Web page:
Ensure the vehicle’s fluids are at the proper levels before moving it over long distances. This includes the oil, coolant, transmission fluid, and brake fluid.
Note that this is a mandatory step when shipping with car transport companies. You can find out more about that at https://a1autotransport.com
Another thing you can do is make sure the vehicle’s tires are properly inflated and in good condition. It can help absorb vibrations and minimize wear during transport. Furthermore, it makes the vehicle easier to load onto a trailer.
If the vehicle is transported a long distance, consider disconnecting the battery to prevent any electrical issues.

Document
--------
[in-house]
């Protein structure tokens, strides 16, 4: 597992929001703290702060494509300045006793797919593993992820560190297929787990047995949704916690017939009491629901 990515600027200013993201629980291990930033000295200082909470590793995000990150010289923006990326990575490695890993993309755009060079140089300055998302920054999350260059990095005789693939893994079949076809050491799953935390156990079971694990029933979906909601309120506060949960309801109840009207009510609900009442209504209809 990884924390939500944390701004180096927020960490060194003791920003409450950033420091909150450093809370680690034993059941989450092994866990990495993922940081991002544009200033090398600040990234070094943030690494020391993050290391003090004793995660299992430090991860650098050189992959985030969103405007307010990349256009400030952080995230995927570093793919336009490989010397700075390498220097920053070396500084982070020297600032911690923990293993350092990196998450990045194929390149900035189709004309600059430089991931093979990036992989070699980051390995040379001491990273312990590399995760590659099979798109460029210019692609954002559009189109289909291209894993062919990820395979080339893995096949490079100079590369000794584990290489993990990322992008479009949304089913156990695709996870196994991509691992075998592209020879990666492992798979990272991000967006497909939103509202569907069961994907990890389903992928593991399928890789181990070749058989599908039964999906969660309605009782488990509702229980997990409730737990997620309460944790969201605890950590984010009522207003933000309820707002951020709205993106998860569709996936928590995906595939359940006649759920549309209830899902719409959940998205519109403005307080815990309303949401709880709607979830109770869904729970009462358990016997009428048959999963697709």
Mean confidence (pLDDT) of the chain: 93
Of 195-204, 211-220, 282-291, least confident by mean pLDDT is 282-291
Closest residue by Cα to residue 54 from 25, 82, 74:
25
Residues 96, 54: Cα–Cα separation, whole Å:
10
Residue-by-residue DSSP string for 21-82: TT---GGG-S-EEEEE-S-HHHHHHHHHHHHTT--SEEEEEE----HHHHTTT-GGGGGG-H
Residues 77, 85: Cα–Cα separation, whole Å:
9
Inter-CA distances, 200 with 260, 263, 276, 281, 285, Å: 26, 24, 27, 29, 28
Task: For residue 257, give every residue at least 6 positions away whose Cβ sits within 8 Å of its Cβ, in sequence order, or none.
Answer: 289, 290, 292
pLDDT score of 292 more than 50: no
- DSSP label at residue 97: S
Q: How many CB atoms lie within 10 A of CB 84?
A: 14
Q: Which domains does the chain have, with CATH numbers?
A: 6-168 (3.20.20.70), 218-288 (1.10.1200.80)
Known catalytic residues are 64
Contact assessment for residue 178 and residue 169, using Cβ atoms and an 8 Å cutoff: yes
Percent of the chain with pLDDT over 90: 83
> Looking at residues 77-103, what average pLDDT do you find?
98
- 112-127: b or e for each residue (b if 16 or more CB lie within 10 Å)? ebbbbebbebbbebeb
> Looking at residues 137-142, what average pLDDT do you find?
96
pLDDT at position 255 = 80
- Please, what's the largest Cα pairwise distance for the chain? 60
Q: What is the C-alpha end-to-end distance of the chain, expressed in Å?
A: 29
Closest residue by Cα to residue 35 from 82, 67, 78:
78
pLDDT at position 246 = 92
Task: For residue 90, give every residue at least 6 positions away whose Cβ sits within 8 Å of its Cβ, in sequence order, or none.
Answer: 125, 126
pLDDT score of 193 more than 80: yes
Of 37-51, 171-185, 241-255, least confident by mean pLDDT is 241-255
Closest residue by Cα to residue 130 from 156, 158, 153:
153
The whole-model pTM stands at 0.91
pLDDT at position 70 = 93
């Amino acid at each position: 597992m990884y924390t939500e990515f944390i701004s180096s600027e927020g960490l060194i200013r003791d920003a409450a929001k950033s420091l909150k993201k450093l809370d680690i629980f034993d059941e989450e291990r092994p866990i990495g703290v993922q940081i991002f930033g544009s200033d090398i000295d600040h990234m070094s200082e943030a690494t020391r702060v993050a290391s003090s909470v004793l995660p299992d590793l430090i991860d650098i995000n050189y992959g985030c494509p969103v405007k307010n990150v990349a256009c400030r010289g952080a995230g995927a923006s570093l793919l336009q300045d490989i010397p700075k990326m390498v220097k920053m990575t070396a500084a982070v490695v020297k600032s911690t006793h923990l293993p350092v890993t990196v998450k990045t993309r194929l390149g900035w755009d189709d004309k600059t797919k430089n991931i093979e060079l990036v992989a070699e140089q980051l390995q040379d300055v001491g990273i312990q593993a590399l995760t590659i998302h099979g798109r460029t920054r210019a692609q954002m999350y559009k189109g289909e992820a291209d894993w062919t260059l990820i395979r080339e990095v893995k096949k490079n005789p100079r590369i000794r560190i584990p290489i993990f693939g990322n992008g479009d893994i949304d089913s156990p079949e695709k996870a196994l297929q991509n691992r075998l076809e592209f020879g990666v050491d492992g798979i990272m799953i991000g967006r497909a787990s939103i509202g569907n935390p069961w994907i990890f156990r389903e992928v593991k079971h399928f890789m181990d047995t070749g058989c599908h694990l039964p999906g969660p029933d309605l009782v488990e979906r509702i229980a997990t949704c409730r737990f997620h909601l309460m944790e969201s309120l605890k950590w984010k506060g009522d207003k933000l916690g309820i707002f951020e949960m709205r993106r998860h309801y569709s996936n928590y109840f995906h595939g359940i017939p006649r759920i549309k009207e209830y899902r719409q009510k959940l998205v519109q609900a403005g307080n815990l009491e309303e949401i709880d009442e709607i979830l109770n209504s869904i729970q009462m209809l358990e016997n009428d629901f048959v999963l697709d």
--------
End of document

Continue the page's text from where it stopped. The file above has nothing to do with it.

Always make sure the vehicle is insured correctly for transport.
Here’s another one of the top tips for transporting a 4x4.
Before moving a 4x4 or any vehicle, for that matter, check the road and weather conditions, and plan your route accordingly to avoid any potential hazards.
Drive slowly and cautiously, and be aware of dangerous weather, bad roads, high traffic areas, etc.
There are several reasons why using a car transport company is better for transporting a 4x4 vehicle across state lines.
Hiring a vehicle transport company eliminates the need for you to drive the vehicle yourself. That can save you a significant amount of time and effort.
Furthermore, professional carriers will take responsibility for moving your car from point A to B, giving you extra peace of mind. It can be a key advantage when selling your 4x4 to an out-of-state buyer.
Professional vehicle transport companies are experienced in safely and securely transporting vehicles, which can give you confidence that your 4x4 vehicle will be transported without any damage.